Hi, I’m Kim Wakefield with Side-by-Side Educational Consulting where we work side by side with educators to improve outcomes for all kids. 

We have another engaging strategy for you to make your spelling time more worth it in the classroom. It’s called “word building through word strings”. Now let me tell you, kids absolutely love to do this activity in the classroom. So let’s just get right down to it. In front of the students, they have sound spelling’s represented on little cards in front of them. The teacher is going to again direct this activity.

So the teacher says the word, “rag” students have to think about, again, by segmentation, what are the sounds they hear in “rag” /r/ /a/ /g/. Then they’re going to connect those sounds to their sound-spellings (graphemes). So, students will take each sound-spelling down for the word “rag” and as they pull down the card they’re going to say the sound /r/ /a/ /g/. So after the students have built the word “rag” and the teacher is walking around to check to make sure that everyone has it accurate, remember again we talked about it before mistakes are how you learn so if you see a mistake, it’s a learning opportunity for a kid. Just help them be able to fix that sound.

Next part of a word string is the teacher asked the students to replace one of the sounds in the word. So as you can see, these word strings are building on top of each other. So I might ask the students to turn the word “rag” into the word “sag”. Give lots of think time, so students are now going to segment their sounds /s/ /a/ /g/, knowing that they already have /a/ /g/ correct, they’re going to take that R, replace it, pull it up and pull down the S, and they’ll say each sound – /s/ /a/ /g/.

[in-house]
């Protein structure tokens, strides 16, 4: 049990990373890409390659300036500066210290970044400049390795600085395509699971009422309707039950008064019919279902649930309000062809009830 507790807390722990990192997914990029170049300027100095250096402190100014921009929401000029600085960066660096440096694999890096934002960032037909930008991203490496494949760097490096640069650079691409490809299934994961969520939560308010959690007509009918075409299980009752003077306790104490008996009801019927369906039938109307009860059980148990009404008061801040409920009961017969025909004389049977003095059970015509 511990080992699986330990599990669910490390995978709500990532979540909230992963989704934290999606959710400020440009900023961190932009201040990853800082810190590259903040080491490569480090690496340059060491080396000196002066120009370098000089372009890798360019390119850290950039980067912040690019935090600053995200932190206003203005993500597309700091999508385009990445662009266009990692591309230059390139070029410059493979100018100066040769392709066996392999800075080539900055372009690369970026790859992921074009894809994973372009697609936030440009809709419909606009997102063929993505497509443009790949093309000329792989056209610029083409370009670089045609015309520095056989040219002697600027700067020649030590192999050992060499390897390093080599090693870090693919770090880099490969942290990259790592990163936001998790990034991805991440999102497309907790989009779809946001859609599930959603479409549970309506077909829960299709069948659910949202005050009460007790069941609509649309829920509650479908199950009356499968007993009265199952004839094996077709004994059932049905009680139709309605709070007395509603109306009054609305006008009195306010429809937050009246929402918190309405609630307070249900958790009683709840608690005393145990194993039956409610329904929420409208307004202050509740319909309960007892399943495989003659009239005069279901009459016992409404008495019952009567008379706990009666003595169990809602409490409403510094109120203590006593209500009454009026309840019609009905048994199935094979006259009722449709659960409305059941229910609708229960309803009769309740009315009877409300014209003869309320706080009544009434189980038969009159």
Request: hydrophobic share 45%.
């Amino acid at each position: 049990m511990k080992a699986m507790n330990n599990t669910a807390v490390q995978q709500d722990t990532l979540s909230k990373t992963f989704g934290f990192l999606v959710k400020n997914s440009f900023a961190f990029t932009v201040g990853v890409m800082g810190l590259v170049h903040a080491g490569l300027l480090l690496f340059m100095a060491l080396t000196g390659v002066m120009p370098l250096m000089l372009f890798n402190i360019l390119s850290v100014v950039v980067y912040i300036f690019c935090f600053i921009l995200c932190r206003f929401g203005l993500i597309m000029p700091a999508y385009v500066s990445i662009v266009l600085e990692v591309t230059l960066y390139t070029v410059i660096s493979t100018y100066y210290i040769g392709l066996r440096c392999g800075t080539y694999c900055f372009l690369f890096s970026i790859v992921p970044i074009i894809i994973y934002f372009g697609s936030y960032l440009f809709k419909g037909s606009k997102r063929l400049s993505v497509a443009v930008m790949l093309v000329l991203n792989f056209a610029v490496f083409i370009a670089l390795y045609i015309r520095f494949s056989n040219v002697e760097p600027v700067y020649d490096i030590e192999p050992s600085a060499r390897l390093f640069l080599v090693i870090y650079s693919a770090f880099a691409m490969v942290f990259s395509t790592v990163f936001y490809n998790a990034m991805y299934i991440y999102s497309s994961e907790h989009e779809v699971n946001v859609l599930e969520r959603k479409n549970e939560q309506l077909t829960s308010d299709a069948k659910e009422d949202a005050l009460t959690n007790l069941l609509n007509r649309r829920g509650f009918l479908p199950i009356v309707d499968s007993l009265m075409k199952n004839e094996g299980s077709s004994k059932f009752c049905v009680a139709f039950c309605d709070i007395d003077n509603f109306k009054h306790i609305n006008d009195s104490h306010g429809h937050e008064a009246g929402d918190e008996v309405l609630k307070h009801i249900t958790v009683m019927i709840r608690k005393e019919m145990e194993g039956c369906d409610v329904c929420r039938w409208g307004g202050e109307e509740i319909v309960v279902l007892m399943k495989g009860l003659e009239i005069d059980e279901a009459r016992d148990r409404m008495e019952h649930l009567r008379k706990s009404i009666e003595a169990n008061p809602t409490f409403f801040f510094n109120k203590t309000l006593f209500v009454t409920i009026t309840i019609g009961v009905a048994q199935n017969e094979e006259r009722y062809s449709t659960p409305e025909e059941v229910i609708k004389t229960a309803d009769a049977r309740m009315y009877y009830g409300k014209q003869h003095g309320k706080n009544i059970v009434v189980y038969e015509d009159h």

Make sure they do that so they can check for accuracy. Cancel

After I have checked to make sure all those kids are accurate with “sag”. I might ask them to turn the word “sag” into the word “sack”. So now students are having to think of the sound of the word by segmenting, /s/ /a/ /ck/. They know they need to replace that last sound from changing /g/ to a /ck/.

So now it let’s students incorporate those spelling techniques, as well, how are they going to end the word “sack” with that /ck/ sound? Checking their sound spelling cards. They might realize that/a/ is a short sound so it needs to be followed by ck. So then they’re going to pull up the /g/ sound spelling and bring down /ck/ spelled ck.

As students are manipulating these cards on their desk, they’re able to really connect auditory with their hearing to that phonological awareness piece, visually to the phonics piece of the sound spelling’s and making sure that they have a correct representation of sound spelling’s as they build those word strings on their desk.

So as you can see word strings connect a lot of skills together in previous videos we’ve talked a lot about phonological awareness and how important that is to early reading skills. Word strings connect a lot of phonological awareness, with phonics to help kids, manipulate and work with sounds, and how they’re spelled in words.

So give it a try and again like I told you before, don’t try to implement all of these new strategies in one week. Take your time get the first one down. When they are independent with one and you feel confident that they’re working hard and learning, then move on to the next one. Be sure to subscribe to the channel so you can get updates on when the next videos are released.